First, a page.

In a Forum Research Poll, those who think Canada has strategic interests in Iraq, and those who also think “these strategic or national interests” are “worth sustaining Canadian casualties” amount to an underwhelming 17%.

In the Abacus Data poll, 52% support "the hypothetical situation of Canada sending jet fighters to Iraq to help American efforts there", while 34% are opposed. Yet only 45% agree with “what prime minster Stephen Harper is saying or doing with respect to the role of Canadian military forces in combating Islamic terrorism"; 32% disagree, and 24% have no opinion. I don't read this as overwhelming approval. I read it as ambivalence, at most. And that's with the current scaremongering hard sell.

It's reasonable to imagine that the longer Canada's military involvement in Iraq continues, the less palatable Canadians will find it. Once again, I bring you former prime minister Jean Chretien to read the situation for us. When he said Canada was "all in" in Iraq, he wasn't praising Harper.
"They are part of it. It is a done deal. They said yes to the coalition and they sent soldiers," Chrétien told Evan Solomon on CBC Radio's The House, referring to the Harper government's decision. . . . "I hope they did not make a mistake. They are part of it. You know, I find it a bit unusual that they are part of it and then they say we're not quite part of it," he said.

"The other side knows we are part of it. Of course if they refuse to act, the partners will say you are not keeping your word," Chrétien said. "You cannot be a little bit in it. You're in it or out."

"You have only to [look at] the way the Americans got involved in Vietnam. They started with a few advisers," he said.


"bogus" refugees and queue-jumping: stephen harper's campaign against a compassionate canada

Political language -- and with variations this is true of all political parties, from Conservatives to Anarchists -- is designed to make lies sound truthful and murder respectable, and to give an appearance of solidity to pure wind.

George Orwell, "Politics and the English Language," 1946
Unpacking how this happens, and in how many ways, is our life's work. It's a topic that must be repeatedly trotted out against as a bulwark against the powerful forces that shape our world.

Right now the War Resisters Support Campaign is facing a huge crisis. A spate of war resisters have received notices that decisions are imminent in their cases. At least one person has received a date for removal. In most cases, these people have heard nothing in their cases for years. Then suddenly, everyone gets notices at the same time. Remember, refugee claims are supposed to be examined individually by an independent, non-partisan body.

Could it be that, as Harper prepares to lead Canada down the slippery slope into the newest war in Iraq, the truths told by these war resisters are just a bit too inconvenient? Does Harper need to squelch the voices that can warn the country back to its senses?

As I think about my war resister friends - people of conscience who refused complicity in destruction, torture, and murder - I think about the many ways the Harper Government, often in the person of Jason Kenney, twisted the truth about them into lies, using language as their weapon.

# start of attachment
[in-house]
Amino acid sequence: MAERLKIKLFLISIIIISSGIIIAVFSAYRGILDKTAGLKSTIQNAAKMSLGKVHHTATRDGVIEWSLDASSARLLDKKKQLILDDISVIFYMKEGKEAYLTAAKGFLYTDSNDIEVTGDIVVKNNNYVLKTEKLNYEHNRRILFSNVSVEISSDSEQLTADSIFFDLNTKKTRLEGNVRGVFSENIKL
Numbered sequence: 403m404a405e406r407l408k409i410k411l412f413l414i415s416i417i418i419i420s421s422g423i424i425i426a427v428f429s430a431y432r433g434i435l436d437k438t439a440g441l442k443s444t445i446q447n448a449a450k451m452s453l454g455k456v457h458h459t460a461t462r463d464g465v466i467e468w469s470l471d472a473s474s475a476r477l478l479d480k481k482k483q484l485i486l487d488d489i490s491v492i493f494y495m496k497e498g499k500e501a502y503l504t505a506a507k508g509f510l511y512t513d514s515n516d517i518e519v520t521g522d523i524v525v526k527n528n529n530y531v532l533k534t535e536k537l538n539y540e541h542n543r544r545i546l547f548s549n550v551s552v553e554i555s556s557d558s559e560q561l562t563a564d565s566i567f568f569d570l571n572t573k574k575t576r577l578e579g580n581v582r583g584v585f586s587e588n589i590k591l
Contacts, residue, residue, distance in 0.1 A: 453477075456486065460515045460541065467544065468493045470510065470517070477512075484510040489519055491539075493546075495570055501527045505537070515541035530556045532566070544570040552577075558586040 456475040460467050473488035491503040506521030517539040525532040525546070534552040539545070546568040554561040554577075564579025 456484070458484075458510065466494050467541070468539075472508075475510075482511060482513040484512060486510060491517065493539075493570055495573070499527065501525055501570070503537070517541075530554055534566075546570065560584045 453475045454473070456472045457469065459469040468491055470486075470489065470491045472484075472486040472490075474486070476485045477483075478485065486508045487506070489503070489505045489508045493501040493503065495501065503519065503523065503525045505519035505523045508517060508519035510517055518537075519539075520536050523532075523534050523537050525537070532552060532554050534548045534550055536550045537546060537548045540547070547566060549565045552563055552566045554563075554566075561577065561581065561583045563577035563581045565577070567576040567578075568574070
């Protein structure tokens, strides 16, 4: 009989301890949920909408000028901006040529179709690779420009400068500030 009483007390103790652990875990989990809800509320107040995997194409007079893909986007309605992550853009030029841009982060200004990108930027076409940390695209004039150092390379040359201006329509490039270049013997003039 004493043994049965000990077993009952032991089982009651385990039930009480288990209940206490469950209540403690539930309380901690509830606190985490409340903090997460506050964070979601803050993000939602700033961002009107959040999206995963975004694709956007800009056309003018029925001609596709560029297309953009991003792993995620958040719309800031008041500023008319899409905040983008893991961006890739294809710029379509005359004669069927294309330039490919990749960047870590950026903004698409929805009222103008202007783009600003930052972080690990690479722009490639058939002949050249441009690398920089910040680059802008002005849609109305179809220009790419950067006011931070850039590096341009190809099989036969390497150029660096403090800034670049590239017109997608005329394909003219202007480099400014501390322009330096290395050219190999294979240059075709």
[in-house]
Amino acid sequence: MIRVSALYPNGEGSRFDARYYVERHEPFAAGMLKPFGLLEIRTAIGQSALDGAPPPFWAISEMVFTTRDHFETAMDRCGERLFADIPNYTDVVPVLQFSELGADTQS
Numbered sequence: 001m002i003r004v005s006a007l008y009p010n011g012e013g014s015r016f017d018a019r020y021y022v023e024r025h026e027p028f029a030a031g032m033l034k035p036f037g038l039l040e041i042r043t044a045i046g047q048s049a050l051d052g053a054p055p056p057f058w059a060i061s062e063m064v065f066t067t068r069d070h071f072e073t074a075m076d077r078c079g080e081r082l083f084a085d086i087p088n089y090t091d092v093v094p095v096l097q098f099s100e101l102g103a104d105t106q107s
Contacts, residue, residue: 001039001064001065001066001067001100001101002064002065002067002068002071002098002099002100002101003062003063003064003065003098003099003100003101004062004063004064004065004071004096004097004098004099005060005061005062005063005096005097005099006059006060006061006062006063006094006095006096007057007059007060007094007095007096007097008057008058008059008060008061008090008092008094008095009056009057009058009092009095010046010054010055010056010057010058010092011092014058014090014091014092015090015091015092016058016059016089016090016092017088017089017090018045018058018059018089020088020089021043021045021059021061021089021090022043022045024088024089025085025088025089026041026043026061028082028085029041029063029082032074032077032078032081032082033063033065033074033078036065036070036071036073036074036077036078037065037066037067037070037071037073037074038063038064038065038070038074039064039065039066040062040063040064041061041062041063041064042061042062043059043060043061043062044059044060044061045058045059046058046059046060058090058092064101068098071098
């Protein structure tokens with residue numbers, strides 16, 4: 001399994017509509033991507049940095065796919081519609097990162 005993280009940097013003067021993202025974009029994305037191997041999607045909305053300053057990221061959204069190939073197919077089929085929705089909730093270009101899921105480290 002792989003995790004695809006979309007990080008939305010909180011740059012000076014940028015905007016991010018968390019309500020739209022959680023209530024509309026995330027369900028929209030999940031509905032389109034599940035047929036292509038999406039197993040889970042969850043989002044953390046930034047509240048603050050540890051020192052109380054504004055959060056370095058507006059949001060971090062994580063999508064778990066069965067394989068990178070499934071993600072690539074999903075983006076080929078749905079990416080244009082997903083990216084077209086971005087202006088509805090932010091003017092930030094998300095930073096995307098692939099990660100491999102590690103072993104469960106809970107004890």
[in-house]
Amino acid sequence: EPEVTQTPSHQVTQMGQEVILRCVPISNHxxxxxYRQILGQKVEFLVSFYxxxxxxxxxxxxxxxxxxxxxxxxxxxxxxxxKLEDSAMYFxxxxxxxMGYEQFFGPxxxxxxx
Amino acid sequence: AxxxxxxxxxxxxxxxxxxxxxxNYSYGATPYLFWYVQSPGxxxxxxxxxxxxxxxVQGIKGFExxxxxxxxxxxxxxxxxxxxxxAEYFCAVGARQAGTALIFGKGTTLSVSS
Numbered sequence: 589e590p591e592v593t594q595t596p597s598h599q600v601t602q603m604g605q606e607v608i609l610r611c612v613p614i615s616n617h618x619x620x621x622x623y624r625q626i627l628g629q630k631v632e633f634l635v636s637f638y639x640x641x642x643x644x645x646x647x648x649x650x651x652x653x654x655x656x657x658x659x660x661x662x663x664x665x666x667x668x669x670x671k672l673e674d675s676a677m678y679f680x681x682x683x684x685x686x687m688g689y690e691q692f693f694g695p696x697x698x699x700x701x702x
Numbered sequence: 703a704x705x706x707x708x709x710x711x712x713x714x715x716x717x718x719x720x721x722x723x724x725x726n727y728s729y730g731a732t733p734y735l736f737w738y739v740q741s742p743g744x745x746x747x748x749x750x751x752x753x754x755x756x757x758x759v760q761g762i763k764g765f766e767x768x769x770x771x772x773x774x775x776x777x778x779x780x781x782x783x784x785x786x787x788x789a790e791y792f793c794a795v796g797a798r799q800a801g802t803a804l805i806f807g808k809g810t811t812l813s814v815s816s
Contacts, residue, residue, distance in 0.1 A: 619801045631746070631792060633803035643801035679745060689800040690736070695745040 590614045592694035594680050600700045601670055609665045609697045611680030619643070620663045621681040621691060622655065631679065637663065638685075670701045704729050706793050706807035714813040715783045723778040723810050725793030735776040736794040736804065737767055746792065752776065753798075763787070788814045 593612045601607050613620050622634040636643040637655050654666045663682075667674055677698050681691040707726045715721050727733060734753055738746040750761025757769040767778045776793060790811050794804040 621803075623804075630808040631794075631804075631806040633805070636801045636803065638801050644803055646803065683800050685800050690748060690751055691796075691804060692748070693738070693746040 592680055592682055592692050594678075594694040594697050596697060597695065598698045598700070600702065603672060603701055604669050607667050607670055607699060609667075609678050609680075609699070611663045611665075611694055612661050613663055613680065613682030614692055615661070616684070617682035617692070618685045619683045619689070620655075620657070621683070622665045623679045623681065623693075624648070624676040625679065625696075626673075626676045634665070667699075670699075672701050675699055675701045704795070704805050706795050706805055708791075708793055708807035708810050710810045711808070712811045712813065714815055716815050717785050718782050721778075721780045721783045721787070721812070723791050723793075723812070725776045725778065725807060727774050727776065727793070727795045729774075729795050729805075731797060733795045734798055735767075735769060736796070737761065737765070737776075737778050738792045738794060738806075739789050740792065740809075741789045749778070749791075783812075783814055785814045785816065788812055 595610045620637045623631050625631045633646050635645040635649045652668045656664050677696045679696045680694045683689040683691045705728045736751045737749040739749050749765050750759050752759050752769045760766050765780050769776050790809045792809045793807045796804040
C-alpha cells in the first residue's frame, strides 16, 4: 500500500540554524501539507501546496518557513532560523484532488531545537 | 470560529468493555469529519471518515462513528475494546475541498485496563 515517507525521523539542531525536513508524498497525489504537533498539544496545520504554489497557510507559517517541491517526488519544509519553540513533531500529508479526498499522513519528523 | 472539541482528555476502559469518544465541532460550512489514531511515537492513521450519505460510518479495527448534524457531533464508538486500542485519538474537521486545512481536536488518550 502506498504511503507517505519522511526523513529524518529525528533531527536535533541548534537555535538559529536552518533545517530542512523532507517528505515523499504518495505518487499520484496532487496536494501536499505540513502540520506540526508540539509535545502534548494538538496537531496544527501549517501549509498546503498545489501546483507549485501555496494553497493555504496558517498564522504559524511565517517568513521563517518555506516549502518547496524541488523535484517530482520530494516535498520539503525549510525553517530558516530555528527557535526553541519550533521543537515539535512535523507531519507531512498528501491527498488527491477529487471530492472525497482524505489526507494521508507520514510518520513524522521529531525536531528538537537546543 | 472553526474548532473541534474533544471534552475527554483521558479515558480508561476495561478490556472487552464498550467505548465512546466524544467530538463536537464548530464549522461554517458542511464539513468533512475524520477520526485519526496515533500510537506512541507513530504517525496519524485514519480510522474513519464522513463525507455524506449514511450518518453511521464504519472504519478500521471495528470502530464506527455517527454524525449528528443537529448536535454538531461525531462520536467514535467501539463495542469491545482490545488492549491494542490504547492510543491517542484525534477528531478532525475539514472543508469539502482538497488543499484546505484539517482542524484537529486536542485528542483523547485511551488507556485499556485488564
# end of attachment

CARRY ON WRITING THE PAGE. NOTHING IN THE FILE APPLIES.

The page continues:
These linguistic sleights of hand apply not only to the US Iraq War resisters, but to all refugee claimants. Most Canadians want to believe their country is compassionate and fair. If the government flatly said, "We don't want refugees here, go back where you came from," it wouldn't play too well. Instead, the road to creating a less compassionate country is paved with lies that discredit the people who need to stay.

Three phrases spring to mind.

"Bogus refugees". Time and again, Jason Kenney characterized US war resisters as "bogus refugees". He used this terminology to sell huge changes to the Canada's refugee policies: among other things, the fast-track system that automatically rejects claimaints from certain countries that the government deems safe. In addition to US war resisters, Roma people and people from Mexico have repeatedly been characterized as "bogus" refugee claimants.

According to Webster's Collegiate Dictionary, 10th edition, bogus means "counterfeit, sham, fake".

In other words, according to Jason Kenney, refugee claimants whose claims are rejected are liars. They are fabricating and exaggerating in order to claim refugee status.

The Immigration and Refugee Board can reject refugee claims for a wide variety of reasons, but a rejected claim does not imply untruths or exaggerations. I have read and transcribed several war resister refugee cases. The refugee board and the courts have upheld every one of them as credible witnesses. Not one of them was ever challenged on the basis of fact. Many of their cases document high praise from the Court or IRB Member for the honesty and integrity of their testimony.

"Clogging up the courts," and "the courts are indulging claimants in reviews and hearings."

In a democracy, this is called due process. We want to live in a country where people cannot be turfed from their homes, lose their health care, sent to prison, or sent to persecution without due process. Due process means having the facts of your case, from your point of view, heard by a court or tribunal with the power to mitigate the outcome.

We know that due process, in reality, often depends on how much money or political connections one has. We know that due process is not equal for all people. But we don't want to live in a country without due process. And we don't want due process to be characterized as an indulgence or a drain on the system. Due process is why the system exists!

"Jumping the queue." There is no queue for refugees. Refugees, by definition, flee their countries of origin under difficult, often life-threatening circumstances. For a while we were told there was a huge backlog of refugee cases awaiting review. This was a direct result of an IRB starved for resources and appointments. In other words, Stephen Harper and Jason Kenney created the backlog, then used the backlog as an excuse to turf refugees.